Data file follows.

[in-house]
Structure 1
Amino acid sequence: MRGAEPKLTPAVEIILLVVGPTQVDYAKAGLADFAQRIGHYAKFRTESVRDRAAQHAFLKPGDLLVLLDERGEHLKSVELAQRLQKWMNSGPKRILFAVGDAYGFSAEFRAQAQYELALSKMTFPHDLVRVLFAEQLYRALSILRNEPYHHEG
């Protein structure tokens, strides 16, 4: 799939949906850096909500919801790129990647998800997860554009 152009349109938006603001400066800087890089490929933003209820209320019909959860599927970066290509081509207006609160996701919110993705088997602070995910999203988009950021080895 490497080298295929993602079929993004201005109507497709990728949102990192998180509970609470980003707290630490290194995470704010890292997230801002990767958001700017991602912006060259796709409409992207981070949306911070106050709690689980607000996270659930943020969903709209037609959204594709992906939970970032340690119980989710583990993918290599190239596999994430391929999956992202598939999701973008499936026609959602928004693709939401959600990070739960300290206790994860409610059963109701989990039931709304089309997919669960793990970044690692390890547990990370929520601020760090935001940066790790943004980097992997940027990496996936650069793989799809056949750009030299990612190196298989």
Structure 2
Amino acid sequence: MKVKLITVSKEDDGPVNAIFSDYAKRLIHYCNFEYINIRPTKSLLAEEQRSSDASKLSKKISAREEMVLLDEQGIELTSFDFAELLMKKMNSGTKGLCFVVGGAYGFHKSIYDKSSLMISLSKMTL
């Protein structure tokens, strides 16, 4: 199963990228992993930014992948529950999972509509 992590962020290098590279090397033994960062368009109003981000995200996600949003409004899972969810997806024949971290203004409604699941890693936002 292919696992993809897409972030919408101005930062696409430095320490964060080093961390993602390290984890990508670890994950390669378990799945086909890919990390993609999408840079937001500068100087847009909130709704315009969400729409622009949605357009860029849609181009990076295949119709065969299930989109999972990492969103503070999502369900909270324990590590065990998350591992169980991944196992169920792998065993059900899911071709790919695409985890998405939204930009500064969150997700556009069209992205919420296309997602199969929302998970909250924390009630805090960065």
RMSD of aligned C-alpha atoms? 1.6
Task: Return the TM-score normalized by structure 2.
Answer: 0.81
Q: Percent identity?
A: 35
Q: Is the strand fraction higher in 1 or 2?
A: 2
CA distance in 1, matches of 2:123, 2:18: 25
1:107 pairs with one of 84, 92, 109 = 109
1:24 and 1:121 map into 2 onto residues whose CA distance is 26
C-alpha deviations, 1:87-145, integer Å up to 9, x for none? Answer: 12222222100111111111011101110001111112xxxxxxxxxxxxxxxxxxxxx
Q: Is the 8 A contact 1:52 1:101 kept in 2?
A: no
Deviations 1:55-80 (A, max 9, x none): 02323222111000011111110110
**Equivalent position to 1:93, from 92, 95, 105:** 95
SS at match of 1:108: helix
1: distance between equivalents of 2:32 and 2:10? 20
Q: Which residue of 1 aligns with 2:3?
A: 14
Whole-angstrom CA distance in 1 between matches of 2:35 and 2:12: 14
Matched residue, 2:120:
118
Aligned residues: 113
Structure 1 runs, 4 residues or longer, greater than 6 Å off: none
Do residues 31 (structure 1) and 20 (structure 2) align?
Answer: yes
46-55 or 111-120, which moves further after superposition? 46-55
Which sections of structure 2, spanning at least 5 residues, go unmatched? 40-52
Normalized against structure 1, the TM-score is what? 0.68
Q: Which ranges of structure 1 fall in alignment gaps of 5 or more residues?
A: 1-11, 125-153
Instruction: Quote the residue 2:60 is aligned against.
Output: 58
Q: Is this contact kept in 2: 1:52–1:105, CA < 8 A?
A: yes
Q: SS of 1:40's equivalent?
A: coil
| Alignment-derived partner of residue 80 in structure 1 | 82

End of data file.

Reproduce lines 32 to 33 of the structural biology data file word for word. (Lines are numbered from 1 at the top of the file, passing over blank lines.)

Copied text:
Do residues 31 (structure 1) and 20 (structure 2) align?
Answer: yes